Many aspects of chlamydial division remain undiscovered. The sequenced genome reveals that chlamydiae lack many of the proteins required for septation in other bacterial species, suggesting a unique mechanism for cytokinesis. This work describes a unique chlamydial antigenic structure, termed SEP, which localizes to an apparent septum in dividing chlamydiae. SEP is developmental-stage dependent, localizing to a ring-like structure at the plane of RB division and becoming punctate and irregular after differentiation to EB. SEP is redistributed to distinct sites along the bacterial periphery following treatment of Chlamydia-infected cells with ampicillin or following incubation of infected cells in medium lacking Trp. Removal of these stressors leads to reversion of aberrant forms to typical RB and results in redistribution of SEP back to the apparent plane of bacterial division. This antigen is present in C. trachomatis, C. psittaci, and C. pneumoniae, suggesting that the structure is conserved within the genus. Collectively these results suggest a possible role for SEP in the chlamydial division process.
Recently much has been established surrounding the molecular biology of bacterial cell division. At least nine proteins which localize to the septal ring (a ring of proteins at the site of cytokinesis) are required for bacterial division in E. coli
: FtsZ, ZipA, FtsW, FtsA, FtsL, FtsN, FtsQ, FtsK, and FtsI (PBP3) (6
). Other Fts proteins, FtsH, FtsJ, FtsY, FtsX, and FtsE, may play an indirect role in septation. Essential to activating the septal protein assembly pathway is FtsZ ring formation at the division site. Paradoxically, chlamydiae lack an ftsZ
homolog but do encode predicted proteins that are likely homologous to proteins involved in septation, including FtsK, FtsW, FtsY, FtsH, and FtsI (27
). Of these proteins, FtsI, FtsW, and FtsK show immunofluorescence staining patterns in E. coli
similar to that seen with SEP localization to the ring in chlamydiae (1
). However, immunoblot analyses with anti-SEP antisera did not identify candidate proteins that might be the target antigen, suggesting that the SEP antigen may be nonproteinaceous.
Of the few fts
genes present in the chlamydial genome, homologs to ftsI
and possibly ftsW
are involved in PG biosynthesis at the septal plane in E. coli
). These findings, along with the facts that the chlamydial genome contains all genes necessary for PG synthesis and that Chlamydia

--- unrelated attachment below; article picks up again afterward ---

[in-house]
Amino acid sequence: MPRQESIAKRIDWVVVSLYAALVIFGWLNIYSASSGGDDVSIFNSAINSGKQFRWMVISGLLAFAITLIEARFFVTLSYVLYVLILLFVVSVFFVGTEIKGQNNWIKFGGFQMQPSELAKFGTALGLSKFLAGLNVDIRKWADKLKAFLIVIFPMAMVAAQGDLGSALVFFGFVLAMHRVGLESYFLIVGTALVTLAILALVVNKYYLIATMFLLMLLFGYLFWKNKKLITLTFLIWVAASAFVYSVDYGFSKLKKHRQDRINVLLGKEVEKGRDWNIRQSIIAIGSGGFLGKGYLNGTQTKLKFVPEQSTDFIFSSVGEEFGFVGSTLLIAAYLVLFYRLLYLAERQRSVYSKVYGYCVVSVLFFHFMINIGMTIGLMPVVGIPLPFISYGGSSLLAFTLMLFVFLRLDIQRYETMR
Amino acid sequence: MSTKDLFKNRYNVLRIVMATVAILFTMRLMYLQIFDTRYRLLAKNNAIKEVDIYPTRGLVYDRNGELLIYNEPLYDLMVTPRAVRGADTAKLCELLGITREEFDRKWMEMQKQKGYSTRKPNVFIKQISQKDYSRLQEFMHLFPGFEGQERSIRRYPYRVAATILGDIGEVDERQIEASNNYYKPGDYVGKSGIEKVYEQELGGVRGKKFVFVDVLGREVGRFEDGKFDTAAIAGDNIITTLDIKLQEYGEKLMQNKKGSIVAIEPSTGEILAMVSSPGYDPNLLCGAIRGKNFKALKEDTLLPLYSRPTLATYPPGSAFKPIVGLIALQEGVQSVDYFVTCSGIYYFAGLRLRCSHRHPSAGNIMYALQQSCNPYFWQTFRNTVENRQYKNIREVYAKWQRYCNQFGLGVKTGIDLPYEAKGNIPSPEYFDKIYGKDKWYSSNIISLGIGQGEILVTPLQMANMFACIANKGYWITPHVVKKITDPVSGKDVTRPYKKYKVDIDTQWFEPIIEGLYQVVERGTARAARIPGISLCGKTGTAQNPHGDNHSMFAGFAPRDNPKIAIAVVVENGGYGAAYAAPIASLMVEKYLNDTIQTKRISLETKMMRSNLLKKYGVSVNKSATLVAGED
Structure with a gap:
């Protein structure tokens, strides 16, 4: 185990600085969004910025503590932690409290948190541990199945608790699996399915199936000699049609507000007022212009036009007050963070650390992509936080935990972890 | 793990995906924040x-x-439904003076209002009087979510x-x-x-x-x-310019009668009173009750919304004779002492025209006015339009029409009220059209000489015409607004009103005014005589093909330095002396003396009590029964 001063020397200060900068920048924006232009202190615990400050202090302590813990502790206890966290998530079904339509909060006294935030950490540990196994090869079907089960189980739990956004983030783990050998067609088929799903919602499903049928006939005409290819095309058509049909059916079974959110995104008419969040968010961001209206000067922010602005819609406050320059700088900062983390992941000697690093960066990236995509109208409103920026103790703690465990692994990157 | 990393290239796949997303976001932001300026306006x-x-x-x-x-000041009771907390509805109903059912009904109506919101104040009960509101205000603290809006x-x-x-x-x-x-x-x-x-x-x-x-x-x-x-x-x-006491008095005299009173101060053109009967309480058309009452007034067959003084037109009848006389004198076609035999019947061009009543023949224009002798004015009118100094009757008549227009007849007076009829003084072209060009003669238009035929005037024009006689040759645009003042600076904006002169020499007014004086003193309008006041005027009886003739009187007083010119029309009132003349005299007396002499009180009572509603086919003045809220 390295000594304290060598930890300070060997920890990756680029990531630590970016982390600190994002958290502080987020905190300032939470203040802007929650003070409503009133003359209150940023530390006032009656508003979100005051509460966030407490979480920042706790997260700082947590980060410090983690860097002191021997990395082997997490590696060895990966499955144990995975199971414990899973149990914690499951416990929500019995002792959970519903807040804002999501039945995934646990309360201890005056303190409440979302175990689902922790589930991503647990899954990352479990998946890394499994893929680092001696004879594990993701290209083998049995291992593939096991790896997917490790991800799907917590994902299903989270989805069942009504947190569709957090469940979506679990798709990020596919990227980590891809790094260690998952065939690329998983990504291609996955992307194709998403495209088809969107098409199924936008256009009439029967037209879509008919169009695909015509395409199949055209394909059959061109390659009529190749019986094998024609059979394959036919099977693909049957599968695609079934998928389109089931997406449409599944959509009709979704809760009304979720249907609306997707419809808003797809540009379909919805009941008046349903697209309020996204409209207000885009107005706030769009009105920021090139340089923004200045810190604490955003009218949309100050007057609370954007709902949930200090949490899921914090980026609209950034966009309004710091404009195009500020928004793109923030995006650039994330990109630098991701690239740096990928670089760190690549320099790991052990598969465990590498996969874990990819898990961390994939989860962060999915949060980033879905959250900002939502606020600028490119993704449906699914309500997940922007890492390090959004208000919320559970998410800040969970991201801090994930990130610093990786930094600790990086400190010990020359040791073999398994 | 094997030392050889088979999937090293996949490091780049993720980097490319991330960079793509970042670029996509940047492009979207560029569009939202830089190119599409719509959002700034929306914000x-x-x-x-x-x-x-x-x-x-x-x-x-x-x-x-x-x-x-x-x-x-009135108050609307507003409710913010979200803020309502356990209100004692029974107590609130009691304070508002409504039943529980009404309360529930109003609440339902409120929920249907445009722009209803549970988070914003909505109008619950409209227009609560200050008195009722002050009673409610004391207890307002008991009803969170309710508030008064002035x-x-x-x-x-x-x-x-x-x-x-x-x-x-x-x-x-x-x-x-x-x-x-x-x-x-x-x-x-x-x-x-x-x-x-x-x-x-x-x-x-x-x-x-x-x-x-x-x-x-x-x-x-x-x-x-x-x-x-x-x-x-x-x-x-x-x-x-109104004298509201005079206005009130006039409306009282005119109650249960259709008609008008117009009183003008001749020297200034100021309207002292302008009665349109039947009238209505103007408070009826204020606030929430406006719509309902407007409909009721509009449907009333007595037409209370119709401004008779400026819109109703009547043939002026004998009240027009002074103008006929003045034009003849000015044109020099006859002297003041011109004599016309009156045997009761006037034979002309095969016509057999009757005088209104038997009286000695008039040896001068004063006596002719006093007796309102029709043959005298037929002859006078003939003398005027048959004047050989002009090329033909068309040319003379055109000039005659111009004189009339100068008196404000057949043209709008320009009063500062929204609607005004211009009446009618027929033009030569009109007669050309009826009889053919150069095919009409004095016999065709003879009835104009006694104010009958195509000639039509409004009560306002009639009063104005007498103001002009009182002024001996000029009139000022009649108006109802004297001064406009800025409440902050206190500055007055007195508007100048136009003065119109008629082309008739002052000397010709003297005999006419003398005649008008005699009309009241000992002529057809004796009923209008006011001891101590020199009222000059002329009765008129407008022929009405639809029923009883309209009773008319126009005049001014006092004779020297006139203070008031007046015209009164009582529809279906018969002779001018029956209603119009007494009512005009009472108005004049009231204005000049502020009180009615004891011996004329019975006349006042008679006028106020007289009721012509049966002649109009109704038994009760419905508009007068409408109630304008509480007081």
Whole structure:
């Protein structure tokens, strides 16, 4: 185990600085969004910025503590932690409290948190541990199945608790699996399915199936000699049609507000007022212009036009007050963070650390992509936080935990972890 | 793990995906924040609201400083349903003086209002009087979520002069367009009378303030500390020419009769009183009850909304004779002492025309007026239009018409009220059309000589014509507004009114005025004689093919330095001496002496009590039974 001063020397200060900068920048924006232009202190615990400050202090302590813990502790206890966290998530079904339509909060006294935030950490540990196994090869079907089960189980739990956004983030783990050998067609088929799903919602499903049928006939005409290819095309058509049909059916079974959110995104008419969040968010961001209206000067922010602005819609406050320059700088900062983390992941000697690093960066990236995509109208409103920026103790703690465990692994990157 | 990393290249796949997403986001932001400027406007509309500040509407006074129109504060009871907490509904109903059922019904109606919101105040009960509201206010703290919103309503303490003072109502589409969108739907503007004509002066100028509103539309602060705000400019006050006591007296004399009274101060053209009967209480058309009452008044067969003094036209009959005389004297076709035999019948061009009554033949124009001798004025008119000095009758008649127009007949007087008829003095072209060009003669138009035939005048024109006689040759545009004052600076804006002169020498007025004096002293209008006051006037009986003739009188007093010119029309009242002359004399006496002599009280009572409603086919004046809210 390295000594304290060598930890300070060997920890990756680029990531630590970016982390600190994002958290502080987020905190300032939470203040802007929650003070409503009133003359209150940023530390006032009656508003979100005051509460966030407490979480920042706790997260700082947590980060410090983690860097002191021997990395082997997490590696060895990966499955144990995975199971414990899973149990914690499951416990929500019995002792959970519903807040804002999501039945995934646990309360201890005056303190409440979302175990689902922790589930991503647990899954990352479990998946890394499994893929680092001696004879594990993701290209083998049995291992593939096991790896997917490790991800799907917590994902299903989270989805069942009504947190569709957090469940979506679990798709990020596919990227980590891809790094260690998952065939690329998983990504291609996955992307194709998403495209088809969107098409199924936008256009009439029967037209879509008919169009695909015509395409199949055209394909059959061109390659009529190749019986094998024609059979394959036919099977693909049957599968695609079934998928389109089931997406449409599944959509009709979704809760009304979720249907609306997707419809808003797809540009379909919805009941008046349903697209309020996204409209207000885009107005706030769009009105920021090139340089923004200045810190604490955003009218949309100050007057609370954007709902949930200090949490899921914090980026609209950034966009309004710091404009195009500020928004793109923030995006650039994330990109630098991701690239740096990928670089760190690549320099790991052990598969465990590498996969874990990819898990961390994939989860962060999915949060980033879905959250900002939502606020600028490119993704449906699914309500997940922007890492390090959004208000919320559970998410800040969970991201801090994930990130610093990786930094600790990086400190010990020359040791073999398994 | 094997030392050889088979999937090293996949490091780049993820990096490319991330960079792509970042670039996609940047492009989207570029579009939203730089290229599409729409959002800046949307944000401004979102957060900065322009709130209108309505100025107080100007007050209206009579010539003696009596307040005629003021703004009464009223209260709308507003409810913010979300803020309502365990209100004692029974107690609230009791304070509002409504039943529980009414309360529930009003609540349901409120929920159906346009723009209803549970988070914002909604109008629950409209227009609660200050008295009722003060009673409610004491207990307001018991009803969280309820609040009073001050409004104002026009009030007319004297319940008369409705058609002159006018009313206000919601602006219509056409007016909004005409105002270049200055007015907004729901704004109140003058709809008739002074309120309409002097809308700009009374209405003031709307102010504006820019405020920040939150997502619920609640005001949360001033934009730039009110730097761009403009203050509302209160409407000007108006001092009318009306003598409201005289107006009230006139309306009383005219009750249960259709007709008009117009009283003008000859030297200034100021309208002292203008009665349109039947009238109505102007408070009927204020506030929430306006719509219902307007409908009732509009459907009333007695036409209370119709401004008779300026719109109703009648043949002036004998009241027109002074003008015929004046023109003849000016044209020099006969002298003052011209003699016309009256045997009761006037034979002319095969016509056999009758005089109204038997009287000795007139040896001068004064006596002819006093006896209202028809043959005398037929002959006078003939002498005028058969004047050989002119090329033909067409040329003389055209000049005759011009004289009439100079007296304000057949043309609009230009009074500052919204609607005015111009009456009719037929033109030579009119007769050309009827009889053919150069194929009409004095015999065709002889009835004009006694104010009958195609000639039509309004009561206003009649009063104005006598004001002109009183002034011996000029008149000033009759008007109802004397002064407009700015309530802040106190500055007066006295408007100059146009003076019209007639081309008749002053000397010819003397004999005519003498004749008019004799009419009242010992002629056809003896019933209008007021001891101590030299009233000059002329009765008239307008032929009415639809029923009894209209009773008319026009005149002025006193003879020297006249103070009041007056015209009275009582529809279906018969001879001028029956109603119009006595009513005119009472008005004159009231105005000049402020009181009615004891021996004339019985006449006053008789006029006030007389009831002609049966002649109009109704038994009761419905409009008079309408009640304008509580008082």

is highly sensitive to inhibitors of PG synthesis, are contradictory to other studies which conclude an absence of PG within the chlamydial cell.
Cell wall inhibitors block PG assembly through several mechanisms (25
). In some cases this leads to accumulation of PG precursors within the bacterial cell. Treatment of E. coli
with moenomycin, which inhibits the transglycosylation reaction, promotes the accumulation of several PG precursors prior to cell lysis. In contrast, treatment with penicillin G, which inhibits the transpeptidation reaction, results in unchanged or decreased concentrations of such precursors (17
). In the present study, while treatment with ampicillin and culture in Trp-deficient medium both led to SEP redistribution, there were differences in the observed phenotype among the different chlamydial species. Within C. psittaci
GPIC, SEP distribution patterns following ampicillin treatment and following Trp starvation were very similar. However, within C. trachomatis
L2, SEP was very abundant following aberrancy produced by ampicillin treatment but virtually undetectable following Trp starvation. The observed differences in SEP accumulation between these two species are perplexing. Because ampicillin treatment has no effect on chlamydial protein synthesis, production and apparent accumulation of enzymes and possibly PG precursors may occur. This effect is markedly more evident in C. trachomatis
than in C. psittaci
. In contrast, depletion of available intracellular Trp affects the production of many proteins; 15 of the 18 PG biosynthesis proteins contain Trp. This may result in only small amounts of critical enzymes accumulating within treated chlamydiae. The difference in SEP accumulation observed between Trp-starved C. psittaci
and Trp-starved C. trachomatis
may reflect differences in their needs for Trp in the synthesis of various PG precursors.
In most walled bacteria PG serves two purposes. It forms a structural sacculus providing osmotic stability to the organism, and it forms a scaffold during initiation of the septation process (20
). There is considerable evidence that the chlamydiae probably do not require PG for structural stability within the cell envelope, as this function is provided by disulfide-linked outer membrane proteins. However, the second function remains a possible role for chlamydial PG. We hypothesize that small amounts of PG may function during septum formation within dividing RB. Our studies identify an antigen that either may be this PG or may colocalize with this theoretical structure during growth. The ability of MCWS to adsorb anti-SEP activity and the affinity of anti-SEP for the E. coli
cell wall suggests that anti-SEP may be binding directly to an antigen in common between MCWS and the E. coli
cell wall. Since E. coli
is contained within a murein sacculus, one such candidate antigen is PG. Further experiments are in progress to more clearly identify the target of anti-SEP and to examine the function of SEP in chlamydial growth.